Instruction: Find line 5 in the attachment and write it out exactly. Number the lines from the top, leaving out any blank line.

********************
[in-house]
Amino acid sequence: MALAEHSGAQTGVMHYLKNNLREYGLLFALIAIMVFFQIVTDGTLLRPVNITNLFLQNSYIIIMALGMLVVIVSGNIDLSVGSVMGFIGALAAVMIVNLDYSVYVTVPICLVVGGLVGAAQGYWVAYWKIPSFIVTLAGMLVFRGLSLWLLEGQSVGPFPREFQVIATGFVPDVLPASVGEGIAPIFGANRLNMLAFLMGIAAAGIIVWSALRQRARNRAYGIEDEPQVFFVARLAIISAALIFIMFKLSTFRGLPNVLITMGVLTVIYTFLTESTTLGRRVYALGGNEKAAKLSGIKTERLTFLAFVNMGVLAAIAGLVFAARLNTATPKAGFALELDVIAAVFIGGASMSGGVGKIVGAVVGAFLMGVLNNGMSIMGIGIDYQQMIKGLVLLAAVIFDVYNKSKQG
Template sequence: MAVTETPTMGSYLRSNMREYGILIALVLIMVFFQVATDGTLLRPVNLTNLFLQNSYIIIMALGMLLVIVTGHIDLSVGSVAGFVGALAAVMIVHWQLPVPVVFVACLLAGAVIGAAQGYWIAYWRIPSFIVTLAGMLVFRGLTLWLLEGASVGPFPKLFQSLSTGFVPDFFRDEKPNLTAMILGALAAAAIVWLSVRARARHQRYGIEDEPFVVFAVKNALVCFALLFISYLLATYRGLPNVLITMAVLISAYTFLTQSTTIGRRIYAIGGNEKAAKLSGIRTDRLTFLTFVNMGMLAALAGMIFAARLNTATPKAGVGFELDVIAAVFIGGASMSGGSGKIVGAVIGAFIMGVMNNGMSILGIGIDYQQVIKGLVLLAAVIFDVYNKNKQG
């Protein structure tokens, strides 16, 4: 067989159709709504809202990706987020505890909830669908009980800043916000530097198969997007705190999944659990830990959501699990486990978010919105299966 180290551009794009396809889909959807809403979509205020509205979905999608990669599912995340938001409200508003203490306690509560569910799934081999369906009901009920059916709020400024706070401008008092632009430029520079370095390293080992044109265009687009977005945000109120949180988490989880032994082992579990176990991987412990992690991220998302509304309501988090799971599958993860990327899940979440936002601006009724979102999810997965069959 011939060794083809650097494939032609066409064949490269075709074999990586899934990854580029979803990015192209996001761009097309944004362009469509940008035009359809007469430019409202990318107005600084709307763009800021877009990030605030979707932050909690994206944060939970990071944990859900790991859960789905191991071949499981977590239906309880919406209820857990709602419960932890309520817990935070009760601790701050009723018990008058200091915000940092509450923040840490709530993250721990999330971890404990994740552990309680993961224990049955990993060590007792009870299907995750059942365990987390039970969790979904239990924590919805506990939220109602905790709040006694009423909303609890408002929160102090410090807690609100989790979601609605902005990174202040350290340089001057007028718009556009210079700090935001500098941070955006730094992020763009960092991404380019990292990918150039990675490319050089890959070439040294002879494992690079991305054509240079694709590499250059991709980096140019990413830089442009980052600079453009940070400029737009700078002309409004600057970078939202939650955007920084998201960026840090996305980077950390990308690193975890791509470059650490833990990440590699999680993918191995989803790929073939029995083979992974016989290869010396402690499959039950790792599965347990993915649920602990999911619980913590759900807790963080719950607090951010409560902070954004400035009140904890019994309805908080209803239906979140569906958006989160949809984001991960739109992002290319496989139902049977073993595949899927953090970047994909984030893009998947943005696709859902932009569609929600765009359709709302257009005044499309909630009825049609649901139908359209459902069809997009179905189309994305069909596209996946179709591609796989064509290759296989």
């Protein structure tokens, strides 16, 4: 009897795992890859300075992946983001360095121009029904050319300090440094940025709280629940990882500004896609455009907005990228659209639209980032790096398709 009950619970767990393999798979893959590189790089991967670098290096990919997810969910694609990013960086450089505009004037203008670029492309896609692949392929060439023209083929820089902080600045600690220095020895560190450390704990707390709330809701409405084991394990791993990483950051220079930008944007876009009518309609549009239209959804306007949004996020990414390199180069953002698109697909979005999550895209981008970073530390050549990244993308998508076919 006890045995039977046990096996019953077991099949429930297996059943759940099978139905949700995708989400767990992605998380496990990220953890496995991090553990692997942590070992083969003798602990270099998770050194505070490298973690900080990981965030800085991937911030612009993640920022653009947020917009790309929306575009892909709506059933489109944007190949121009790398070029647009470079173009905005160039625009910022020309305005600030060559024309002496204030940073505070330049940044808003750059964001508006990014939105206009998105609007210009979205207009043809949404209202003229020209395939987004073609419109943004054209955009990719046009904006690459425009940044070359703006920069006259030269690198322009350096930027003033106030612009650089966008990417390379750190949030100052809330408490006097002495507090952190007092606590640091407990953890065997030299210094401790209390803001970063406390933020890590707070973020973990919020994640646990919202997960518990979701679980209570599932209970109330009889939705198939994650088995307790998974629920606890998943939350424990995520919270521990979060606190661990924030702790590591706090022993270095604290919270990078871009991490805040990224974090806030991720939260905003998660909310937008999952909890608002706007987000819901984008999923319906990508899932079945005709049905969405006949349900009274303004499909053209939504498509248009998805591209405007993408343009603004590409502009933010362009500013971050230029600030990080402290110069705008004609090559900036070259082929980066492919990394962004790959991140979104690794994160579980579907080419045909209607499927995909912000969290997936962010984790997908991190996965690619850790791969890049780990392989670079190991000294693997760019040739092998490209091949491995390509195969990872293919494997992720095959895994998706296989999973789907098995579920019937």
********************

């Protein structure tokens, strides 16, 4: 009897795992890859300075992946983001360095121009029904050319300090440094940025709280629940990882500004896609455009907005990228659209639209980032790096398709 009950619970767990393999798979893959590189790089991967670098290096990919997810969910694609990013960086450089505009004037203008670029492309896609692949392929060439023209083929820089902080600045600690220095020895560190450390704990707390709330809701409405084991394990791993990483950051220079930008944007876009009518309609549009239209959804306007949004996020990414390199180069953002698109697909979005999550895209981008970073530390050549990244993308998508076919 006890045995039977046990096996019953077991099949429930297996059943759940099978139905949700995708989400767990992605998380496990990220953890496995991090553990692997942590070992083969003798602990270099998770050194505070490298973690900080990981965030800085991937911030612009993640920022653009947020917009790309929306575009892909709506059933489109944007190949121009790398070029647009470079173009905005160039625009910022020309305005600030060559024309002496204030940073505070330049940044808003750059964001508006990014939105206009998105609007210009979205207009043809949404209202003229020209395939987004073609419109943004054209955009990719046009904006690459425009940044070359703006920069006259030269690198322009350096930027003033106030612009650089966008990417390379750190949030100052809330408490006097002495507090952190007092606590640091407990953890065997030299210094401790209390803001970063406390933020890590707070973020973990919020994640646990919202997960518990979701679980209570599932209970109330009889939705198939994650088995307790998974629920606890998943939350424990995520919270521990979060606190661990924030702790590591706090022993270095604290919270990078871009991490805040990224974090806030991720939260905003998660909310937008999952909890608002706007987000819901984008999923319906990508899932079945005709049905969405006949349900009274303004499909053209939504498509248009998805591209405007993408343009603004590409502009933010362009500013971050230029600030990080402290110069705008004609090559900036070259082929980066492919990394962004790959991140979104690794994160579980579907080419045909209607499927995909912000969290997936962010984790997908991190996965690619850790791969890049780990392989670079190991000294693997760019040739092998490209091949491995390509195969990872293919494997992720095959895994998706296989999973789907098995579920019937």